# Decision Trees ## 1- Overview

Decision Trees are building blocks of some of the most popular machine learning algorithms such as Random Forest and XGBoost. But this doesn’t mean they are useless on their own.

People like to understand what they are working with. So, even if you are working with random forests first step to understanding some popular algorithms like random forest algorithm actually passes from understanding decision trees first.

In this machine learning tutorial we will elaborate on decision tree models and try to understand their intricacies.

#### a) Growing Decision Trees

Let’s say you are working on a decision tree classifier  to identify if an animal is a cat or not. By asking consecutive sensible questions we can form a decision tree which can come up with a decision.

After asking these questions final answer that leads to the outcome is the leaf node in a decision tree.

#### b) Core Algorithms

Scikit-learn uses CART tree learning algorithm in its built-in decision tree classifier and decision tree regressor objects.

Other popular learning algorithms for decision trees are CHAID and ID3.

#### c) Splitting Criteria

Two different criteria are used for decision tree splitting decision interchangeably. These are:

• Gini impurity: Probability of incorrect classification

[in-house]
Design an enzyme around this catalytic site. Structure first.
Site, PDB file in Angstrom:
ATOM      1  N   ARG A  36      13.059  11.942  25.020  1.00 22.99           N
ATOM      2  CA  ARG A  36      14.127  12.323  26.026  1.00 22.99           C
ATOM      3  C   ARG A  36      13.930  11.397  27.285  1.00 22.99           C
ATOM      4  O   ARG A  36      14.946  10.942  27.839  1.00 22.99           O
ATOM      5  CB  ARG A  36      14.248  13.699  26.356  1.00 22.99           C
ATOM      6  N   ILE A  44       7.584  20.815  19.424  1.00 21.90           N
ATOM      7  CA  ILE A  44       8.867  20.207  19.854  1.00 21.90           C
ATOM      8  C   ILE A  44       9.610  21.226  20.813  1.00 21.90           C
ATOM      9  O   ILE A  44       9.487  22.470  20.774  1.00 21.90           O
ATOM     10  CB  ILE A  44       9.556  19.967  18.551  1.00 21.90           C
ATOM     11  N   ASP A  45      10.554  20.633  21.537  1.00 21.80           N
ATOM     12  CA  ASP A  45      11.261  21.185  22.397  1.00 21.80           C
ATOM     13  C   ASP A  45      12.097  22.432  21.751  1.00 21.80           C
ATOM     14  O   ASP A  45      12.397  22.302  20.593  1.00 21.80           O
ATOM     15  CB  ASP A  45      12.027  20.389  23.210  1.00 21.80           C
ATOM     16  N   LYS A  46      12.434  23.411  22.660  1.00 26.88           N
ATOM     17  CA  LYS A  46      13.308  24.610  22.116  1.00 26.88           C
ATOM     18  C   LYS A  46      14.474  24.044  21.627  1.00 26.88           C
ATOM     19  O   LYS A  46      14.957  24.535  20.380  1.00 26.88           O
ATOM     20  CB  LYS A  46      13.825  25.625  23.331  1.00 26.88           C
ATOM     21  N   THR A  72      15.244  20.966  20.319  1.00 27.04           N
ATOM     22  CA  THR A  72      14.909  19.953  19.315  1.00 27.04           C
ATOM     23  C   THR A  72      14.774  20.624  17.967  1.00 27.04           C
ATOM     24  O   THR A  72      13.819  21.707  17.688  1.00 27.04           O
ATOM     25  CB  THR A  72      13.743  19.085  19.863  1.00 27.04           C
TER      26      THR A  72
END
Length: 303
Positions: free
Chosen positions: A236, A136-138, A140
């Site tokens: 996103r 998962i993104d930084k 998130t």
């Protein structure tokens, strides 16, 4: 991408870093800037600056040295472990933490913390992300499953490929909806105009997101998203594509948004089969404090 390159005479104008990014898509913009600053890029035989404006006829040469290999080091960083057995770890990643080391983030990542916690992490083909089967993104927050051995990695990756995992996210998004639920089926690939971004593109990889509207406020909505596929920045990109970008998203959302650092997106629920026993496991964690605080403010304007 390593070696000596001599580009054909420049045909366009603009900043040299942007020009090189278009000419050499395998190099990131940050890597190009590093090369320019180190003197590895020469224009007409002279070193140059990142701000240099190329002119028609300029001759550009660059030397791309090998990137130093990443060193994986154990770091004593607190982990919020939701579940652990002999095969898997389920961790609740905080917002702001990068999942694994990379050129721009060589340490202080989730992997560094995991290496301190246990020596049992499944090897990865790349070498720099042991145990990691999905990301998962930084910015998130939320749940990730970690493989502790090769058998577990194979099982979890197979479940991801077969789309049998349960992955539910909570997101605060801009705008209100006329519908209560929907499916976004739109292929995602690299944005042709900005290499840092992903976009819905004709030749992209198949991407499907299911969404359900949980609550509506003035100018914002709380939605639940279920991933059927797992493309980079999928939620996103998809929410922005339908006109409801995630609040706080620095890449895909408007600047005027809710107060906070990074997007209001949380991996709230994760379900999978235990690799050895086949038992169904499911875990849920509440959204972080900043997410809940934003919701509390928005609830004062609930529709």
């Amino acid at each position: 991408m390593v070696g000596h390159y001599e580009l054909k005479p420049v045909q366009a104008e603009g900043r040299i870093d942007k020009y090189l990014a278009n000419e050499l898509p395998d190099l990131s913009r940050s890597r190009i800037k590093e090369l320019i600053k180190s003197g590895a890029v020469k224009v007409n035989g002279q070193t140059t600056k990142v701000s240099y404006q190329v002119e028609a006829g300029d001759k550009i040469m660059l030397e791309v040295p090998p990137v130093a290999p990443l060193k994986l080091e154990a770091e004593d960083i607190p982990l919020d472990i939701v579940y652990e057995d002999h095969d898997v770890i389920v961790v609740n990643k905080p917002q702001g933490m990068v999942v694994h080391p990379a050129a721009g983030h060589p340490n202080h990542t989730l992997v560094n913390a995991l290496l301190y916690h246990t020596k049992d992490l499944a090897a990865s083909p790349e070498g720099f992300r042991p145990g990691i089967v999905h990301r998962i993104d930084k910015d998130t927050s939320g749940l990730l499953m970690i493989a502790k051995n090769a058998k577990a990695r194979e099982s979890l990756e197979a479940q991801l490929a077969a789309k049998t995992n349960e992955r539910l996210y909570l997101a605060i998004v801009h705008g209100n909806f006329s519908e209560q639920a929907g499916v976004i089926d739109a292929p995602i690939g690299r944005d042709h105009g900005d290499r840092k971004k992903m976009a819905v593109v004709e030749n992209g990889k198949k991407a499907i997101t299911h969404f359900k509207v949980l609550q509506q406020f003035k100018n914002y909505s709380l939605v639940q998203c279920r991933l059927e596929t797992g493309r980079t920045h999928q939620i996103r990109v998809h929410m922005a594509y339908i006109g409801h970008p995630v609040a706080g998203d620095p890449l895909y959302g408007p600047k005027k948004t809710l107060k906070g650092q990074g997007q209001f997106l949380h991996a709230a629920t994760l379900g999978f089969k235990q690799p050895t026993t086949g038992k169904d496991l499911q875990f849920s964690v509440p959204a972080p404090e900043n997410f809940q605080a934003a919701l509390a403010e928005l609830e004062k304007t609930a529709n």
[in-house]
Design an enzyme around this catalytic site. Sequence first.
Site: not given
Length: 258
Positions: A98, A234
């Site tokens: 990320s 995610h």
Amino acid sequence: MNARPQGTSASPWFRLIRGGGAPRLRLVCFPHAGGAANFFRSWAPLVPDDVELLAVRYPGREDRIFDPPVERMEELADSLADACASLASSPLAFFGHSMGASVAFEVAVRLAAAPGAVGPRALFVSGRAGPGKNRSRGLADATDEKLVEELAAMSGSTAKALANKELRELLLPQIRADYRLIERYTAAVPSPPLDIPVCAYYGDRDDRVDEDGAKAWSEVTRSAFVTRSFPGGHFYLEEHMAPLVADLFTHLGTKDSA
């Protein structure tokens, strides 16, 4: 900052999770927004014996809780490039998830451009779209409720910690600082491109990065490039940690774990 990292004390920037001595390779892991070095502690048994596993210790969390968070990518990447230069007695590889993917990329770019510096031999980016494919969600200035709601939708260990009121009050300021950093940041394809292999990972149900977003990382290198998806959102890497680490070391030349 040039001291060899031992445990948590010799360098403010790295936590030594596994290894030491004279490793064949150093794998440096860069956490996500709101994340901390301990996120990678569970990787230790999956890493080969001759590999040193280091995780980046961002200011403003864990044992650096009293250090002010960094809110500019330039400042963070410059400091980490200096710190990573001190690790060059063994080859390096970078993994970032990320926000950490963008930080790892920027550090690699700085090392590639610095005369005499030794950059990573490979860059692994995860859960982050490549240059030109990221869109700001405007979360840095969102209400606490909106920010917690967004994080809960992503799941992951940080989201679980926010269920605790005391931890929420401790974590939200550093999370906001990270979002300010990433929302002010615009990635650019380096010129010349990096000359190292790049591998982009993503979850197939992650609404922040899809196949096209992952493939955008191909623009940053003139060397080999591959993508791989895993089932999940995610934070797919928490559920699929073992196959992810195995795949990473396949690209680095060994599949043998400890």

• Entropy: Amount of entropy (information disorder)
Out of these two, gini is computationally more efficient since its calculation is simpler and it doesn’t involve logarithmic calcualations. Gini is the default criteria implemented in scikit-learn. It can be changed to “entropy” as well.

## 2- Decision Tree Benefits

When dataset is limited in size or when learning process and outcomes need to be observed and interpreted decision trees can still be a good alternative. Besides, they handle missing data and noise exceptionally well and they train much faster than their cousin random forests.

Very interpretable: We can directly observe the decision mechanism and how outcomes are obtained during a decision tree model.

Unique visualization opportunity: Through dendrogram diagrams we can visualize decision trees which contributes to its interpretability even further.

Building blocks: XGBoost, AdaBoost and Random Forest are popular ensemble models which can be extremely accurate out of the box. So, aside of being useful, it can also be helpful to understand decision trees in order to understand random forests.